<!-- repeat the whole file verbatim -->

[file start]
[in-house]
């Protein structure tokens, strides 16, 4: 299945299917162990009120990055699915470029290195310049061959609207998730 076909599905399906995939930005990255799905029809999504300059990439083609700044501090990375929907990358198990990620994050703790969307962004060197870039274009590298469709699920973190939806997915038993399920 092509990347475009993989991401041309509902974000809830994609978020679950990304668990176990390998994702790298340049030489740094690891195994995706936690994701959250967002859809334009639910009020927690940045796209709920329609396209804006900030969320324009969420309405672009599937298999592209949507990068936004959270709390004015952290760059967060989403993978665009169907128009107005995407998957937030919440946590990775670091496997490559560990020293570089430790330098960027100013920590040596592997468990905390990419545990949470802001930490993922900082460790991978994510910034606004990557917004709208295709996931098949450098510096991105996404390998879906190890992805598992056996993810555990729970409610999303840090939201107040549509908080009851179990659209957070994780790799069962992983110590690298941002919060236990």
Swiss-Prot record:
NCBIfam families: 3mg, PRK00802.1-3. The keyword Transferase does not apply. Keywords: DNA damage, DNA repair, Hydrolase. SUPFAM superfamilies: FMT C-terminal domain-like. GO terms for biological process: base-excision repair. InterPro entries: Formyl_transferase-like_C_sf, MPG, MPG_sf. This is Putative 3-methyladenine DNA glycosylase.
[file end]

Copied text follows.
[in-house]
């Protein structure tokens, strides 16, 4: 299945299917162990009120990055699915470029290195310049061959609207998730 076909599905399906995939930005990255799905029809999504300059990439083609700044501090990375929907990358198990990620994050703790969307962004060197870039274009590298469709699920973190939806997915038993399920 092509990347475009993989991401041309509902974000809830994609978020679950990304668990176990390998994702790298340049030489740094690891195994995706936690994701959250967002859809334009639910009020927690940045796209709920329609396209804006900030969320324009969420309405672009599937298999592209949507990068936004959270709390004015952290760059967060989403993978665009169907128009107005995407998957937030919440946590990775670091496997490559560990020293570089430790330098960027100013920590040596592997468990905390990419545990949470802001930490993922900082460790991978994510910034606004990557917004709208295709996931098949450098510096991105996404390998879906190890992805598992056996993810555990729970409610999303840090939201107040549509908080009851179990659209957070994780790799069962992983110590690298941002919060236990």
Swiss-Prot record:
NCBIfam families: 3mg, PRK00802.1-3. The keyword Transferase does not apply. Keywords: DNA damage, DNA repair, Hydrolase. SUPFAM superfamilies: FMT C-terminal domain-like. GO terms for biological process: base-excision repair. InterPro entries: Formyl_transferase-like_C_sf, MPG, MPG_sf. This is Putative 3-methyladenine DNA glycosylase.